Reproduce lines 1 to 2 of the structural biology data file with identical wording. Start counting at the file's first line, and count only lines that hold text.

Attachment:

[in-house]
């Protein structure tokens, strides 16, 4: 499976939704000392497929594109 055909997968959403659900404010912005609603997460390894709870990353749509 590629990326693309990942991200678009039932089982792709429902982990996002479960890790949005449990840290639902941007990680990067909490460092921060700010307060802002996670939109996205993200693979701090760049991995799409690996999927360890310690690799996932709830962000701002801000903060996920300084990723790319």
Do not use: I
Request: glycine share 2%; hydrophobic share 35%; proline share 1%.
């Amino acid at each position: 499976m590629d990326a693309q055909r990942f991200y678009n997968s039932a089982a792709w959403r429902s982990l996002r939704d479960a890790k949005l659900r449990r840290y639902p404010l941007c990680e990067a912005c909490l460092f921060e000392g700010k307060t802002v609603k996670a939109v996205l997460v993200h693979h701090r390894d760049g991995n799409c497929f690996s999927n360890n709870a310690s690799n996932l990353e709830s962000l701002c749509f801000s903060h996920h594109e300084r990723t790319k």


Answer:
[in-house]
């Protein structure tokens, strides 16, 4: 499976939704000392497929594109 055909997968959403659900404010912005609603997460390894709870990353749509 590629990326693309990942991200678009039932089982792709429902982990996002479960890790949005449990840290639902941007990680990067909490460092921060700010307060802002996670939109996205993200693979701090760049991995799409690996999927360890310690690799996932709830962000701002801000903060996920300084990723790319």